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sea about 9.5 miles to the north of Rhyl, and the Menai Straits were occupied by streams, flowing in their several valleys from the divide near Carnarvon to the north-east and south-west, the one cutting the shore line about four miles to the north of Llandudno, and the other debouching into Carnarvon Bay, about five miles from the existing coast west of Llandwrog. Carnarvon Bay was then land, as far west as a line sweeping southwards from Rhoscolyn in Anglesey to the headland of the Lleyn Peninsula. The Bay of Cardigan was occupied by a plain above which rose the craggy ridge of Sarn Badrig, as far as a line drawn to the south-east from St. Tudwall's Islands, to a point about four miles west of Aberystwyth. In the Bristol Channel the Severn passed into the estuary to the south of Barry Island, and flowed through a dense forest of yews, oaks, birches, and alders, that occupied the whole of the submerged area, stretching from Cardiff to the south as far as Porlock, the mouth of the Parrett, and the marshes of Bridgwater, Weston-superMare, and Clevedon.

We seek in vain for the record of the time when these Neolithic forest-clad lowlands were depressed beneath the waters of the sea. The submergence probably went on through the Neolithic and Bronze Ages, and ended before the Roman Conquest, when the Menai Straits presented exactly the same diffi

i Distance of Neolithic from Present Coast-Line.

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culties to the invaders of Anglesey as they present now. Anglesey was then an island, and was conquered by Agricola in A.D. 78, by an unexpected attack delivered at low water across the shallows by the auxiliaries.?

1 Tacitus, Agricola XVIII, Church and Brodribb Minor Works of Tacitus.


some picked men of the auxiliaries, dis






Fig. 2.-Sepulchral Cave, Perthi Chwareu

encumbered of all baggage, who knew the shallows and had that national experience in swimming which enables the Britons to take care not only of themselves, but of their arms and horses, he (Agricola) delivered so unexpected an attack that the astonished enemy who were looking for a fleet, a naval armament, and an assault by sea, thought that to such assailants nothing could be formidable or invincible.”

I am unable to agree with the conclusions of Mr. A. Ashton, in The Battle of the Land and Sea, chapters xviii, xix, xx, xxi, xxii, as to the submergence having taken place since the Roman Conquest.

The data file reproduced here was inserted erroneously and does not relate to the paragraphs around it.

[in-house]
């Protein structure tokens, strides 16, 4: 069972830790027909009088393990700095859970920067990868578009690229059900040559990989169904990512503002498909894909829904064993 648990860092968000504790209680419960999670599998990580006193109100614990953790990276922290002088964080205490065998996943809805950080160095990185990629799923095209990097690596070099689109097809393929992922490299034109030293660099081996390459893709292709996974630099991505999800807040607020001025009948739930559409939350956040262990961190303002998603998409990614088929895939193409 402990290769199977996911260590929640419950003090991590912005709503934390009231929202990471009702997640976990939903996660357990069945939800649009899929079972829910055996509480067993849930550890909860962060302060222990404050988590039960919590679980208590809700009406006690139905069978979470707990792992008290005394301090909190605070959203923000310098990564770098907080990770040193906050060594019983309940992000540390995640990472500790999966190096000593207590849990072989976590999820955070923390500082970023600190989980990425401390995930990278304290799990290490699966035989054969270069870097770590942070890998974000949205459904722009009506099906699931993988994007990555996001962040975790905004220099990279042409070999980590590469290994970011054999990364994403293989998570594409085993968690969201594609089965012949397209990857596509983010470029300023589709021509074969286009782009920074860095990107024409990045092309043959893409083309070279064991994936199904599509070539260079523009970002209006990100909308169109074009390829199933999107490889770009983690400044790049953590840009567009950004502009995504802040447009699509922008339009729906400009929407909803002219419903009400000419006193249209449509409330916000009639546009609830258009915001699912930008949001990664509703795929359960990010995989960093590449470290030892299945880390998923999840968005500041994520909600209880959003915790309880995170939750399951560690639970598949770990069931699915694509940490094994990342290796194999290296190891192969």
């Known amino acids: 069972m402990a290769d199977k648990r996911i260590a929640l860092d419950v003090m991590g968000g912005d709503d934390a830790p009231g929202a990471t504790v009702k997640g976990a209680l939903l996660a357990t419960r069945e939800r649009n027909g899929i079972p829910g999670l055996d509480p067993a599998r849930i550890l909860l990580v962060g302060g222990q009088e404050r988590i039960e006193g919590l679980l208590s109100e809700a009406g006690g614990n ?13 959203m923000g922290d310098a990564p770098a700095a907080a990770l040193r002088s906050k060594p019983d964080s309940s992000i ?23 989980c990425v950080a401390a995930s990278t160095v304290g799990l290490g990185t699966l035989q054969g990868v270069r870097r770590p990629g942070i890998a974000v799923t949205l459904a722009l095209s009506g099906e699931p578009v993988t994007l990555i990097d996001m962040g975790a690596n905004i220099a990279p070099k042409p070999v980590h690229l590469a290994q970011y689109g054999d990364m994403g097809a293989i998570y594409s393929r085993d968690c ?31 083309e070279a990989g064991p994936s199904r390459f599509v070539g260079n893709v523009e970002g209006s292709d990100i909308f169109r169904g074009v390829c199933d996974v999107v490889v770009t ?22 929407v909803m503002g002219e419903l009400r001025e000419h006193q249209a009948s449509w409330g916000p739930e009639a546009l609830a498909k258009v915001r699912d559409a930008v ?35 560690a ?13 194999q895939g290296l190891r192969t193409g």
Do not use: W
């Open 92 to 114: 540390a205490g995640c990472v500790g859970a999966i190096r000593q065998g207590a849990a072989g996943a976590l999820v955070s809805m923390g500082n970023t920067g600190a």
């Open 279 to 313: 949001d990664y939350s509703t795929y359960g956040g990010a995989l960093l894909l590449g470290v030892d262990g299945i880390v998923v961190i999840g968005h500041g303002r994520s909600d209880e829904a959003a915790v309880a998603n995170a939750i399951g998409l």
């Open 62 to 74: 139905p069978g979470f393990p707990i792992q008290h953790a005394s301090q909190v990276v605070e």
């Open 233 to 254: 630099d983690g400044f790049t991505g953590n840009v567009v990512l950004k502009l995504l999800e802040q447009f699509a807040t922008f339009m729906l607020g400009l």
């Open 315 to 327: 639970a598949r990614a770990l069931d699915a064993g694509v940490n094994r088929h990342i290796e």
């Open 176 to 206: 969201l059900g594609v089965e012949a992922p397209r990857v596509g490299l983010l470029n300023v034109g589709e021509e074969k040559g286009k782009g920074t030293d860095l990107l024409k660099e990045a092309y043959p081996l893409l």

THE NEOLITHIC AGE. It was under conditions such as these that the earliest ancestors of the Welsh people made their way into Britain from the Continent, and ranged over the whole

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of the area of the British Isles. They may conveniently be studied for our purposes, from the discoveries made in the group of caves, clustering round a refuse heap at Perthi Chwareu (Fig. 2), a farm high up on the hills near Llandegla, in Denbighshire. In both refuse leap and caves there were remains of the same wild and domestic animals, stag, roe-deer, and hare, along with the dog, pig, domestic horse, short-horned ox, and goat.

The domestic animals largely predominated, proving that the community was pastoral rather than living by the chase. We may also note among the wild animals, found in the refuse on the floor of the caves, the bear and the wild boar. On the floor, in each of these caves, were numerous human skeletons of all ages, belonging to bodies that had been buried in a contracted posture, and at different times,

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in association with a Neolithic axe (Fig. 3), splinters of

a flint, and fragments of coarse, unornamented, handmade pottery. The settlement is therefore of Neolithic Age. The caves had originally been used for babitation and afterwards for burial, and the remains of the refuseheap, that first drew attention to the spot, mark the site of the huts forming the settlement.

The human skulls are all of the long-oval type (Fig. 4), and the community clearly belongs to the same race.

1 For details see Dawkins, Cave-Hunting, p. 149, etc.

This discovery led to the exploration of the burial places belonging to another Neolithic settlement, in the Valley of the Elwy, at Tyddyn Bleiddyn, near Plas yn Cefn, St. Asaph, in 1869-71.1 Here, in

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a large cairn composed of limestone fragments, the dead lay buried in two chambers, made of slabs set on edge, and roofed with horizontal slabs, each being approached by a narrow passage or gallery formed in the same way, and each being packed with skeletons

i Dawkins, Cave-Hunting, p. 161.

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